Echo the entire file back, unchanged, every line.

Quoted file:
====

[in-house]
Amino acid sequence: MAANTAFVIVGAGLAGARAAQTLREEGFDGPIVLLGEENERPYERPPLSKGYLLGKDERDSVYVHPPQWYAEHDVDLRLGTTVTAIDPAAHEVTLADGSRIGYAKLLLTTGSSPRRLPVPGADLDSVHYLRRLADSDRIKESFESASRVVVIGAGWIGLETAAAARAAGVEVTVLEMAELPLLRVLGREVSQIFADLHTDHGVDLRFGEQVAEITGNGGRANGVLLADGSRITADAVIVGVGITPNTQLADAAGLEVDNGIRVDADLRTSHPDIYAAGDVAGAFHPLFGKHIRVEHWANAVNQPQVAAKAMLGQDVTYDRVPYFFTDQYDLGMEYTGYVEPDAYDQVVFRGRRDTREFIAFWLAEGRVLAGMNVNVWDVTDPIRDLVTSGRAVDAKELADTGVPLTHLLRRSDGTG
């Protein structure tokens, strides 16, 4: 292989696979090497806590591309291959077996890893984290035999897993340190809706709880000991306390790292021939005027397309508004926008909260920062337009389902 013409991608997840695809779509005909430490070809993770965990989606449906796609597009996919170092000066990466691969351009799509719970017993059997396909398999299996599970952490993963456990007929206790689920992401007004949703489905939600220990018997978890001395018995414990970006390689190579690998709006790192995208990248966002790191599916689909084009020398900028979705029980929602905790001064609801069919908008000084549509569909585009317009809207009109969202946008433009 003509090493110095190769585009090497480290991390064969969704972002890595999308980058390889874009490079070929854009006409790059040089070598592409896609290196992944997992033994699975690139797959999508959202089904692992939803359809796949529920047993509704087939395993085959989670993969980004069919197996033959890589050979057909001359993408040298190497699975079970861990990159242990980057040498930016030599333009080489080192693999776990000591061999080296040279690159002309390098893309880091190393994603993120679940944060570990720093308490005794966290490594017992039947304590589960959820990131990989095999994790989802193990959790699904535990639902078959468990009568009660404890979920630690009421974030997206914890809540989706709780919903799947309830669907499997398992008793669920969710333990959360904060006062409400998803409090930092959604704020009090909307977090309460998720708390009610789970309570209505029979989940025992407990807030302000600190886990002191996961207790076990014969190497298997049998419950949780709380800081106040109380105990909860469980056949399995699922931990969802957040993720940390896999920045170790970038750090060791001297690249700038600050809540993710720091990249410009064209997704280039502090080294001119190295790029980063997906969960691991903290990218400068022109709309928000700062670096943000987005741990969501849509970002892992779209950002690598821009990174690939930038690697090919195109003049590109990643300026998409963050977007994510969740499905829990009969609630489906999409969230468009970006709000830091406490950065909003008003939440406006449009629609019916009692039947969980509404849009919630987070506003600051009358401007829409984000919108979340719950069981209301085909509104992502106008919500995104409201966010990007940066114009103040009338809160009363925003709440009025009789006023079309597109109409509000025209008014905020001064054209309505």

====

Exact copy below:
[in-house]
Amino acid sequence: MAANTAFVIVGAGLAGARAAQTLREEGFDGPIVLLGEENERPYERPPLSKGYLLGKDERDSVYVHPPQWYAEHDVDLRLGTTVTAIDPAAHEVTLADGSRIGYAKLLLTTGSSPRRLPVPGADLDSVHYLRRLADSDRIKESFESASRVVVIGAGWIGLETAAAARAAGVEVTVLEMAELPLLRVLGREVSQIFADLHTDHGVDLRFGEQVAEITGNGGRANGVLLADGSRITADAVIVGVGITPNTQLADAAGLEVDNGIRVDADLRTSHPDIYAAGDVAGAFHPLFGKHIRVEHWANAVNQPQVAAKAMLGQDVTYDRVPYFFTDQYDLGMEYTGYVEPDAYDQVVFRGRRDTREFIAFWLAEGRVLAGMNVNVWDVTDPIRDLVTSGRAVDAKELADTGVPLTHLLRRSDGTG
């Protein structure tokens, strides 16, 4: 292989696979090497806590591309291959077996890893984290035999897993340190809706709880000991306390790292021939005027397309508004926008909260920062337009389902 013409991608997840695809779509005909430490070809993770965990989606449906796609597009996919170092000066990466691969351009799509719970017993059997396909398999299996599970952490993963456990007929206790689920992401007004949703489905939600220990018997978890001395018995414990970006390689190579690998709006790192995208990248966002790191599916689909084009020398900028979705029980929602905790001064609801069919908008000084549509569909585009317009809207009109969202946008433009 003509090493110095190769585009090497480290991390064969969704972002890595999308980058390889874009490079070929854009006409790059040089070598592409896609290196992944997992033994699975690139797959999508959202089904692992939803359809796949529920047993509704087939395993085959989670993969980004069919197996033959890589050979057909001359993408040298190497699975079970861990990159242990980057040498930016030599333009080489080192693999776990000591061999080296040279690159002309390098893309880091190393994603993120679940944060570990720093308490005794966290490594017992039947304590589960959820990131990989095999994790989802193990959790699904535990639902078959468990009568009660404890979920630690009421974030997206914890809540989706709780919903799947309830669907499997398992008793669920969710333990959360904060006062409400998803409090930092959604704020009090909307977090309460998720708390009610789970309570209505029979989940025992407990807030302000600190886990002191996961207790076990014969190497298997049998419950949780709380800081106040109380105990909860469980056949399995699922931990969802957040993720940390896999920045170790970038750090060791001297690249700038600050809540993710720091990249410009064209997704280039502090080294001119190295790029980063997906969960691991903290990218400068022109709309928000700062670096943000987005741990969501849509970002892992779209950002690598821009990174690939930038690697090919195109003049590109990643300026998409963050977007994510969740499905829990009969609630489906999409969230468009970006709000830091406490950065909003008003939440406006449009629609019916009692039947969980509404849009919630987070506003600051009358401007829409984000919108979340719950069981209301085909509104992502106008919500995104409201966010990007940066114009103040009338809160009363925003709440009025009789006023079309597109109409509000025209008014905020001064054209309505």